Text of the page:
'Charting Black Excellence' celebrates black artists and their current accomplishments on the Billboard charts, which often don't receive the proper recognition and attention.
Due to her recent series of success, Ella Mai is being called almost every honorific name in the book. The one that stuck out to the London import the most is “The New Face of R&B,” as she’s told Beats 1’s Julie Adenuga, last month. And while many will have their opinion on this notion (with some stans even championing their own favorite artist as such), the charts and radio airplay is proving her newly found moniker as fact.
As of the publishing date of this article, Ella Mai now boasts two Top 20 hits on the Billboard Hot 100 chart. Her debut commercial single, “Boo’d Up,” peaked at No. 5, and her current single, “Trip”—a striking reincarnation of the former—currently sits at No. 11. Mai is now just one charting position from having two Top 10 singles.
What’s even more impressive about the fast-paced adoration for “Trip” is it’s only one spot away from claiming the summit of the R&B/Hip-Hop Airplay chart. “Boo’d Up” eventually broke a record on the same chart, making Mai the first woman to spend 16 weeks at the top, surpassing Mary J. Blige’s “Be Without You” (15 weeks in 2006; Miguel’s “Adorn” completed a 23-week run in 2013).
The triumph of “Boo’d Up” was monumental for R&B music in a time when many counted the genre out in terms of mainstream appeal for black artists. Prior to “Boo’d Up,” the last black female artist with a solo, purely R&B record to hit the Top 10 of the all-encompassing Hot 100 chart was Rihanna in March 2017 with “Love on the Brain.” The long-running Rihanna stan in me rejoiced at the accolade, but the militant music journalist of me screamed there’s a foul on the [radio and streaming] play.
Although charts shouldn’t be the end-all decider on who's dominating the scene, they do highlight the mass public’s perception of music. Ella Mai’s currently holding the torch, but just a year ago that title easily went to SZA. Aside from Mai, only two other black women can boast top 10 R&B-centric singles in 2018: SZA herself with “All The Stars” featuring rapping from Kendrick Lamar, and Normani on “Love Lies” with Khalid. Make it three, if we count the New Jack Swing of Bruno Mars’ “Finesse,” where Cardi B is rapping rather than singing.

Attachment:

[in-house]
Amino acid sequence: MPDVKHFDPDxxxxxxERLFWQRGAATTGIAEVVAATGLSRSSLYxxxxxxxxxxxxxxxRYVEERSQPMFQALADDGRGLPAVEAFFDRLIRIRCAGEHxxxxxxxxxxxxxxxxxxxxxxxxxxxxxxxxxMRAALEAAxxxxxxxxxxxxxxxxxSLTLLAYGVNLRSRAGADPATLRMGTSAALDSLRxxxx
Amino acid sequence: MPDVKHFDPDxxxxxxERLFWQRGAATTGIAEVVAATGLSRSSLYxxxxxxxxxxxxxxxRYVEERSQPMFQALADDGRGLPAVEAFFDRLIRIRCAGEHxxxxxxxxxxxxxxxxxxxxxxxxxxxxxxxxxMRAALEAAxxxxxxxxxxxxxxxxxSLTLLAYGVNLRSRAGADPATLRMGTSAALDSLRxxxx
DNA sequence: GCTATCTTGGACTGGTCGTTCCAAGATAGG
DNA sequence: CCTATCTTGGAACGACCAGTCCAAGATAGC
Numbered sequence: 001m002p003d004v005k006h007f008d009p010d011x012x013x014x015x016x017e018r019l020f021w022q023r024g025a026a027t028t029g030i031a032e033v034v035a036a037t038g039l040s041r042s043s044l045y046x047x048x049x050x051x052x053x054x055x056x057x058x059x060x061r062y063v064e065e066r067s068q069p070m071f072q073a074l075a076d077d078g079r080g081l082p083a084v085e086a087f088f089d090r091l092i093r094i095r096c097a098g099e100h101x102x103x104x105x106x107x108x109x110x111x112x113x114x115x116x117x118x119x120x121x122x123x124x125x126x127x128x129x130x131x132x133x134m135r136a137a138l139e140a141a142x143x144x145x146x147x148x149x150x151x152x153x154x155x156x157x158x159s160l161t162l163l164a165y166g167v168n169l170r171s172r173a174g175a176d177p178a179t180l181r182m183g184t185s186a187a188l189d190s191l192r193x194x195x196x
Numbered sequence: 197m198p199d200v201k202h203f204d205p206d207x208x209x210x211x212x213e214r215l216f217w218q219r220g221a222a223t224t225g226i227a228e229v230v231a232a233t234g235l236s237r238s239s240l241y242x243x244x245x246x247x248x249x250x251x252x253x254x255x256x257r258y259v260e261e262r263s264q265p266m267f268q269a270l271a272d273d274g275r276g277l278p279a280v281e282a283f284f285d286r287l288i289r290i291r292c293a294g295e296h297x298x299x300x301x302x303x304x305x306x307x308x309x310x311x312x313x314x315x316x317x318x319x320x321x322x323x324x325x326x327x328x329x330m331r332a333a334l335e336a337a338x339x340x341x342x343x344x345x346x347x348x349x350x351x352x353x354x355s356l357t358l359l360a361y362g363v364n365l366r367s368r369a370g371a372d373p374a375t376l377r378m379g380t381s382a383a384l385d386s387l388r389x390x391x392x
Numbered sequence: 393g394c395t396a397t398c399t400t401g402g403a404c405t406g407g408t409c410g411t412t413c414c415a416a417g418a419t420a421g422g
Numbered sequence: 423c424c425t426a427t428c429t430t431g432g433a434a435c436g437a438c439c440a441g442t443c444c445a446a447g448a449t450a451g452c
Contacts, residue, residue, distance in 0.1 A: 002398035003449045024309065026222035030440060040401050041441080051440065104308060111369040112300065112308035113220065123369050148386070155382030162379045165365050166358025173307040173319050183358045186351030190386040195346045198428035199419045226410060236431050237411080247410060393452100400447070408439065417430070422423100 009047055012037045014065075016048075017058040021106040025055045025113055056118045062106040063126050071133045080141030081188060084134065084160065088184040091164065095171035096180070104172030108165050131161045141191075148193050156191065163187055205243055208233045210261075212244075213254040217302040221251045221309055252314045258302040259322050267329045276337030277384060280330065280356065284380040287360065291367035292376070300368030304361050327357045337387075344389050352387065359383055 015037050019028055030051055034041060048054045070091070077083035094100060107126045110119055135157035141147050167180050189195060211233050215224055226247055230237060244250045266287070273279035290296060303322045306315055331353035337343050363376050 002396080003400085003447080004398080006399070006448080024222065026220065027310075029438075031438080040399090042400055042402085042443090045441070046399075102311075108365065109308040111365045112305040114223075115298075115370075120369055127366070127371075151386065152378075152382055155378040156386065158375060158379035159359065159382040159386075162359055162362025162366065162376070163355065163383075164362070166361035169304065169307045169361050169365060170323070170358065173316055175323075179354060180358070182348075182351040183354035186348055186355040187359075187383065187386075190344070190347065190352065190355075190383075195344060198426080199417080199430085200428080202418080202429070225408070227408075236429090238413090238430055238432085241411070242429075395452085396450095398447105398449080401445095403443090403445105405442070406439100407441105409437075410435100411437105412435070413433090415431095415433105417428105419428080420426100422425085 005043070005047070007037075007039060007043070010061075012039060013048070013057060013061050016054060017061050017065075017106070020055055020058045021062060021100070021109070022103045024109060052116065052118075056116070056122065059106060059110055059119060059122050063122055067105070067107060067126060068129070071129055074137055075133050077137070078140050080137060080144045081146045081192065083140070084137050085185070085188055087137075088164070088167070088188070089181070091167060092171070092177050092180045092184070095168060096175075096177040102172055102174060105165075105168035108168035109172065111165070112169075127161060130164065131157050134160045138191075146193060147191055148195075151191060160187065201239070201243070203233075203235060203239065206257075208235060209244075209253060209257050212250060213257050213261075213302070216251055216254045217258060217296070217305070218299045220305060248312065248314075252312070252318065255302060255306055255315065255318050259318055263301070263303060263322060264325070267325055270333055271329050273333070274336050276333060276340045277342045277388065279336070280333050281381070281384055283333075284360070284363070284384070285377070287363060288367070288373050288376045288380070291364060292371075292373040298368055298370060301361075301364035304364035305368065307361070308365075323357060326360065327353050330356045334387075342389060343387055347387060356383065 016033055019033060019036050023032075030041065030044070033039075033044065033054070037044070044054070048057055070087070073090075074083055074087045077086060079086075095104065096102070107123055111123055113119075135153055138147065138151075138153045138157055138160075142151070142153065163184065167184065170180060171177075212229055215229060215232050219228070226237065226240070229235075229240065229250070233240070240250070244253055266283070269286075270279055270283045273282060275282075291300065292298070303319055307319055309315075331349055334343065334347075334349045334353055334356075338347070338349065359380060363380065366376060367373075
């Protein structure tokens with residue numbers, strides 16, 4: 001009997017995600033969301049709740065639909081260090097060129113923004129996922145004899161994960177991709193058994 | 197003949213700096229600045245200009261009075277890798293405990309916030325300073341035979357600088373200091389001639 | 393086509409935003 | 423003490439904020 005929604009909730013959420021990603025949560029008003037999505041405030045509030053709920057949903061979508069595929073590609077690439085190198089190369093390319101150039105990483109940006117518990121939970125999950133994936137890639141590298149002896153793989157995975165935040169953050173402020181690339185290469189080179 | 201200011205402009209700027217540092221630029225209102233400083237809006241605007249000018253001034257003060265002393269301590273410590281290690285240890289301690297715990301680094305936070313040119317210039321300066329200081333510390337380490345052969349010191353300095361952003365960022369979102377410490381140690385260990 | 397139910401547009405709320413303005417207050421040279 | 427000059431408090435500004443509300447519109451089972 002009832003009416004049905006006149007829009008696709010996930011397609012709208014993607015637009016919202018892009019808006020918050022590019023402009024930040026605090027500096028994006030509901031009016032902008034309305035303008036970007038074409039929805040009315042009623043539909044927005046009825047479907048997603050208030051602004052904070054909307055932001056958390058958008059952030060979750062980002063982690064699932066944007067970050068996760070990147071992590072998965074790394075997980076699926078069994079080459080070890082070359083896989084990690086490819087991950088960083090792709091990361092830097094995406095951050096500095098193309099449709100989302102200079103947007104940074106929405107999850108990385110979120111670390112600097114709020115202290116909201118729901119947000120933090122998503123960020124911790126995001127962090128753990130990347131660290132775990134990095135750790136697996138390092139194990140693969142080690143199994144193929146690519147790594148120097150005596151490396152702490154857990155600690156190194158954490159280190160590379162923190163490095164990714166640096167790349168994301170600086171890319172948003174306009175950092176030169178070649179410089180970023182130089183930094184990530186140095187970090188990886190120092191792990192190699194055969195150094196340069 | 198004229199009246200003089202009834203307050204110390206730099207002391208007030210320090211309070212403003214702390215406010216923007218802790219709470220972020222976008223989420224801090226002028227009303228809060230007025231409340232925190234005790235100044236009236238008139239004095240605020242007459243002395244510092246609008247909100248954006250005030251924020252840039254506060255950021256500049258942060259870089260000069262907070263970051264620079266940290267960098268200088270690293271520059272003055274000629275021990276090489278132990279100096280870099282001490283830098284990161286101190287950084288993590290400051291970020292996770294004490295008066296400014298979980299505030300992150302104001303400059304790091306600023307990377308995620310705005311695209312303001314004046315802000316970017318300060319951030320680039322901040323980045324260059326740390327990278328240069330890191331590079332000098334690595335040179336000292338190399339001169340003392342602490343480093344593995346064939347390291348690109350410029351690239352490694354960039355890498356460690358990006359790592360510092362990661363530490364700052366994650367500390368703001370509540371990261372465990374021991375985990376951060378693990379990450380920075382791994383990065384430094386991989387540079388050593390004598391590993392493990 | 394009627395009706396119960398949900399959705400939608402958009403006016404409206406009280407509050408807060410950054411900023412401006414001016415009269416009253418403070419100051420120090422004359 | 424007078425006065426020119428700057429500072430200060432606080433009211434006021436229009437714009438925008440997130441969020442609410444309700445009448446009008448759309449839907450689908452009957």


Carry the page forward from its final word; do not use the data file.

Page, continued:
But outside the Top 10, and in the deeper depths of the charts, R&B music is making a resurgence slowly but surely. Jhene Aiko’s Trip has spent 53 weeks (that’s more than a year) on the Billboard 200 albums chart. The 2017 album boasted some cult favorites for true R&B fans (such as “While We’re Young”) and some moderately successful radio hits (“Sativa”). Still, for an album that didn’t go after commercial fodder, a week on a chart where R&B seems not to matter is quite impressive. SZA’s CTRL has also passed 365 days on the chart, going on a two-year run at 71 weeks.
Another artist in the same boat is H.E.R. The first installment of the H.E.R. self-titled chronicles has also spent an entire year on the Billboard 200. Currently, H.E.R. and Daniel Caesar claim the No. 1 song on the Adult R&B Songs with “Best Part.” For H.E.R., this marks her second chart-topper after “Focus.” For Caesar, “Best Part” is also his second summit reacher, as “Get You” featuring Kali Uchis peaked in February. And although his debut album, Freudian, only peaked at No. 25 on the Billboard 200, it has now spent 58 weeks on that chart.
And we can’t forget the motion of 6lack who, like Ella Mai, can say he now has a No. 1 R&B album on that respective chart. While he hasn’t seen the Top 40 region of the Billboard Hot 100 yet, he’s made three indents on the chart. Released back in 2017, his debut EP/mix-tape Free 6lack has now spent 73 weeks on the Billboard 200.
To bring this Black Excellence full circle, never forget the week of April 14, 2018. That week three R&B songs simultaneously debuted on the Hot 100, becoming the first chart entries for three artists. Ella Mai would start her “Boo’d Up” chart quest; “Focus” finally landed H.E.R. in the mainstream realm she deserves; and Queen Naija got acclimated with “Medicine.” That week indicated that R&B’s presence was stronger than ever when it comes to music, and the success for all three artists predicted major crossover appeal to come.
Before this week’s Charting Black Excellence ceases, I wanted to make something clear to those who may argue that “none of these people are real R&B.” Of course, R&B has seen a massive overhaul of trap-flavoring (especially considering how our new school legends Usher and Amerie favored this sound for their recent releases). However, R&B works in waves, always catering to what’s relevant to the younger generation of lovers, just like other music scenes.
Through all the trap releases—and even a vocal trend labelled “cursive singing” (a la SZA)—these R&B songs are still moving the culture forward. As an entire audience, we’re all online discussing each new release like we should. In the past, R&B has evolved from Motown to post-disco grooves to New Jack Swing to hip-hop soul and neo-soul, in the same way trap&B will ultimately funnel into music’s next stage. Whatever that will be, what we know for now is R&B is finally back back. And better yet, our black artists are getting the shine they deserve.
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